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Old 11-07-2009, 10:48 PM
Ben Hutchings
 
Default Bug handling policy

This incorporates all the comments, I think. I'll take further comments
on this draft until 14th November, then consider this final if no-one
objects.

Ben.

---

1. Required information

Submitters are expected to run reportbug or other tool that runs our
'bug' script under the kernel version in question. The response to
reports without this information should be a request to follow-up using
reportbug. If we do not receive this information within a month of the
request, the bug may be closed.

Exceptions:
* If the kernel does not boot or is very unstable, instead of the usual
system information we need the console messages via netconsole, serial
console, or a photograph.
* If the report is relaying information about a bug acknowledged
upstream, we do not need system information but we do need specific
references (bugzilla.kernel.org or git commit id).
* If the bug is clearly not hardware-specific (e.g. packaging error), we
do not need system information.
* If the bug is reported against a well-defined model, we may not need
device listings.

2. Severities

Many submitters report bugs with the wrong severity. We interpret the
criteria as follows and will adjust severity as appropriate:

'critical: makes unrelated software on the system (or the whole system)
break...'
The bug must make the kernel unbootable or unstable on common
hardware or all systems that a specific flavour is supposed to
support. There is no 'unrelated software' since everything
depends on the kernel.

'grave: makes the package in question unusable or mostly so...'
If the kernel is unusable, this already qualifies as critical.

'grave: ...or causes data loss...'
We exclude loss of data in memory due to a crash. Only corruption
of data in storage or communication, or silent failure to write data,
qualifies.

important
We include lack of support for new hardware that is generally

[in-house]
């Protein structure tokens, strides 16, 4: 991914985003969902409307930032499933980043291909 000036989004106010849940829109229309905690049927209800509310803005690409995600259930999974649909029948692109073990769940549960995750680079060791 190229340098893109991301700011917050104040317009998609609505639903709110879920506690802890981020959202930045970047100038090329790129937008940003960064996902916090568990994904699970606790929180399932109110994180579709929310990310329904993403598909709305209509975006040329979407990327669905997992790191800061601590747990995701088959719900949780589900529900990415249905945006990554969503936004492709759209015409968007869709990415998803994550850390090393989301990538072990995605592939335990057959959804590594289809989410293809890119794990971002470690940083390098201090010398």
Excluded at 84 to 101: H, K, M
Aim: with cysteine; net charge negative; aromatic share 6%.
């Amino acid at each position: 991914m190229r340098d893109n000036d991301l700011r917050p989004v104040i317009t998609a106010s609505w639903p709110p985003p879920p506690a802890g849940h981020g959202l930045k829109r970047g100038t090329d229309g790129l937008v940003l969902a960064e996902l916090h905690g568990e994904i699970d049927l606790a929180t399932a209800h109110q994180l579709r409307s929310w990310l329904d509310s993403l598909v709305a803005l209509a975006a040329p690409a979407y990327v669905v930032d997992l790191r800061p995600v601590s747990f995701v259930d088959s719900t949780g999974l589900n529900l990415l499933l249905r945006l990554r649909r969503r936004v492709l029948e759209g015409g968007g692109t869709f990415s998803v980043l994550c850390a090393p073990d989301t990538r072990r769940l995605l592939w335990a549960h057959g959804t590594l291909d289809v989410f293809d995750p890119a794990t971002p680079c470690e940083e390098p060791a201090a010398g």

available.

3. Tagging

We do not use user-tags. In order to aid bug triage we should make use
of the standard tags and 'forwarded' field defined by the BTS. In
particular:

* Add 'moreinfo' whenever we are waiting for a response from the
submitter and remove it when we are not
* Do not add 'unreproducible' to bugs that may be hardware-dependent

4. Analysis by maintainers

Generally we should not expect to be able to reproduce bugs without
having similar hardware. We should consider:

* Searching bugzilla.kernel.org (including closed bugs) or other
relevant bug tracker
* Searching kernel mailing lists
- Of the many archives, http://news.gmane.org seems to suck least
- Patches submitted to some lists are archived at
http://patchwork.kernel.org/
* Viewing git commit logs for relevant source files
- In case of a regression, from the known good to the bad version
- In other cases, from the bad version forwards, in case the bug
has been fixed since
* Searching kerneloops.org for similar oopses
* Matching the machine code and registers in an 'oops' against the
source and deducing how the impossible happened (this doesn't work
that often but when it does you look like a genius ;-)

5. Testing by submitter

Depending on the technical sophistication of the submitter and the
service requirements of the system in question (e.g. whether it's a
production server) we can request one or more of the following:

* Gathering more information passively (e.g. further logging, reporting
contents of files in procfs or sysfs)
* Upgrading to the current stable/stable-proposed-updates/
stable-security version, if it includes a fix for a similar bug
* Adding debug or fallback options to the kernel command line or